When I write a sonnet—and poets still do write sonnets—I am filling a fourteen-line space of iambic pentameter with a particular scheme of rhymes. When I began doing this seriously in my late twenties (I was a late starter) I found it difficult. Indeed, the difficulty was a good part of the attraction. I used to do crossword puzzles, but sonnets were more fun. I can remember the satisfaction of completing the first one, and the additional satisfaction of seeing it in print in some ephemeral journal. It was better than crossword puzzles because the result was shapely and, yes, beautiful. I am willing to concede that a crossword puzzle has its own kind of beauty, but that is for the compiler and far too difficult for me. I met once, many years ago, the compiler of crossword puzzles for the Independent. She felt when she compiled one with a theme it was indeed a thing of beauty. Auden, far from incidentally, was a solver of crossword puzzles all his life.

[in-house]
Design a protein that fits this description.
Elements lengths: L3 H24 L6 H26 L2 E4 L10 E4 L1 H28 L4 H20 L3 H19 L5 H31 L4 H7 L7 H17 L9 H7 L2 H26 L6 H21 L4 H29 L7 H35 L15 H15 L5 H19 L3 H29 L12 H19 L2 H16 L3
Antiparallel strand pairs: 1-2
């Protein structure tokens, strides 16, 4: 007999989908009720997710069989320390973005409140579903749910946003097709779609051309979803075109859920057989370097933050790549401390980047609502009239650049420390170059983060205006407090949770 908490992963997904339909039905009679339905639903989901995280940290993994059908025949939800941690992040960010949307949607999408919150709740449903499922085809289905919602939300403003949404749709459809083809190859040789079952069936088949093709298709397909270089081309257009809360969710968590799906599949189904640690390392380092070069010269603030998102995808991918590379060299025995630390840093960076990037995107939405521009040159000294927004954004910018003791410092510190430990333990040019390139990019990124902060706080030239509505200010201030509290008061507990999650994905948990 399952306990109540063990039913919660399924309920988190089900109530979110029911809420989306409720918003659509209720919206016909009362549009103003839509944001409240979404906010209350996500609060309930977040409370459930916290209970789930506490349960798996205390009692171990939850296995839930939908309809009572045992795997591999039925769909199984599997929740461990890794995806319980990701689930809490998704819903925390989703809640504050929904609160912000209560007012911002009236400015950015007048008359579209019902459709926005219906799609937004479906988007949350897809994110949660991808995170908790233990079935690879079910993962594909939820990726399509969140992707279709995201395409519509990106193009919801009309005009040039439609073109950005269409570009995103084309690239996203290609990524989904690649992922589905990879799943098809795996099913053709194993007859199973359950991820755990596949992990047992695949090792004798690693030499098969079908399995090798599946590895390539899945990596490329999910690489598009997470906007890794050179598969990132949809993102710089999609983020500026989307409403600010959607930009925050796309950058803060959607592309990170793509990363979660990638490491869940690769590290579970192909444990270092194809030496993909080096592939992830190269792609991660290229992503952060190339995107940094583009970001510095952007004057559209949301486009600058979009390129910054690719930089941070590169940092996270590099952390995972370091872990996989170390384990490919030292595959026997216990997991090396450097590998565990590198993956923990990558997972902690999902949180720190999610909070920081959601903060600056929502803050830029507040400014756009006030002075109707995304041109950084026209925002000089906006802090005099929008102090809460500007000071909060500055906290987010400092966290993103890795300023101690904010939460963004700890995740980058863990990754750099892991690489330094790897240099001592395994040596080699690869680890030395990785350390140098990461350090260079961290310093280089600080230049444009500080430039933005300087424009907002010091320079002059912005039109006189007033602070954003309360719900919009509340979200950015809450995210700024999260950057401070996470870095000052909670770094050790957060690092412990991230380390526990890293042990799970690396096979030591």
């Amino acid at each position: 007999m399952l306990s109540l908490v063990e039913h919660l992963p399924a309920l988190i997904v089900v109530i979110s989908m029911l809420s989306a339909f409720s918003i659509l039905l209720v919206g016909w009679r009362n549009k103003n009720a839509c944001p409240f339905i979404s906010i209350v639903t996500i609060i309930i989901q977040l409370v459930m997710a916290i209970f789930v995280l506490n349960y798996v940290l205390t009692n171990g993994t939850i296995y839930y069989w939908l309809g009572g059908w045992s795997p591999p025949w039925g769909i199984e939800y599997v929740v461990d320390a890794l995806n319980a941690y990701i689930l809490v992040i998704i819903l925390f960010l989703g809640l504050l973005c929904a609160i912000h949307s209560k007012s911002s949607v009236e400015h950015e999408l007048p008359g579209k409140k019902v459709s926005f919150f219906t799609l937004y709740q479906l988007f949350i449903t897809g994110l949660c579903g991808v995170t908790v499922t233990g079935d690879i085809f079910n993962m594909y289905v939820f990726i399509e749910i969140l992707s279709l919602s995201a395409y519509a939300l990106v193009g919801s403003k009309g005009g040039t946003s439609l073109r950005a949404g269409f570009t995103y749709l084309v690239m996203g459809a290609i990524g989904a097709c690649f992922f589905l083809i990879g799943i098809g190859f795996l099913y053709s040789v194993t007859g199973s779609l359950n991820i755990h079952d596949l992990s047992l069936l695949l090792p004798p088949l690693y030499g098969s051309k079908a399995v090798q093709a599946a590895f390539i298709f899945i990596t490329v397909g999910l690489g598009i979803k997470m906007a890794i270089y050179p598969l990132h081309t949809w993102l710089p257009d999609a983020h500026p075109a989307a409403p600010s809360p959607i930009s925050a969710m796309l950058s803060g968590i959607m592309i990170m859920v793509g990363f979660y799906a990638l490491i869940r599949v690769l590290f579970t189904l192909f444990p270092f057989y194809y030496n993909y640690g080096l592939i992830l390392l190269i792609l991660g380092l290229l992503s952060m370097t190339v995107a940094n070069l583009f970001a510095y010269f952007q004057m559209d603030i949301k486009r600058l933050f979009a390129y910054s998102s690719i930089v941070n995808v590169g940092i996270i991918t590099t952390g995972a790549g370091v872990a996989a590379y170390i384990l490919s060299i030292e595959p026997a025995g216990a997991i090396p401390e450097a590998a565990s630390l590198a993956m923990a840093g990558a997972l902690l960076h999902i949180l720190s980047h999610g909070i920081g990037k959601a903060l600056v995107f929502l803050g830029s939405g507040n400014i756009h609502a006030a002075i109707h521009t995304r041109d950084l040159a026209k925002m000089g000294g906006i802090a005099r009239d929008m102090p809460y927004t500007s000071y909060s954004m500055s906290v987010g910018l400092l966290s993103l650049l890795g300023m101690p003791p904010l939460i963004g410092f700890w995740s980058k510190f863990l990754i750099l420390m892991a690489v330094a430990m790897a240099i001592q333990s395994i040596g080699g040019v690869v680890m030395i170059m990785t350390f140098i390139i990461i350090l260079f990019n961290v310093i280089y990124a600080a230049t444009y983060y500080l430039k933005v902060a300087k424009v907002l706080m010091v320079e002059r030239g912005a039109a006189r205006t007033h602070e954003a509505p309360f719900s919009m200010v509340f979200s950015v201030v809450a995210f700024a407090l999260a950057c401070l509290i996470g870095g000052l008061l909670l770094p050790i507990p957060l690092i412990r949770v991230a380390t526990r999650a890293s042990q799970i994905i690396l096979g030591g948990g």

An American poet, R.S. Gwynn, has written a celebrated cento, which is a poem made up entirely of lines from other poems, a form surely inimical to the idea of poetry as self-expression. And extremely difficult to write, let me tell you. Here is the opening stanza of Gwynn. There are six more. 

All human things are subject to decay.
Beauty is momentary in the mind.
The curfew tolls the knell of parting day.
If Winter comes, can Spring be far behind.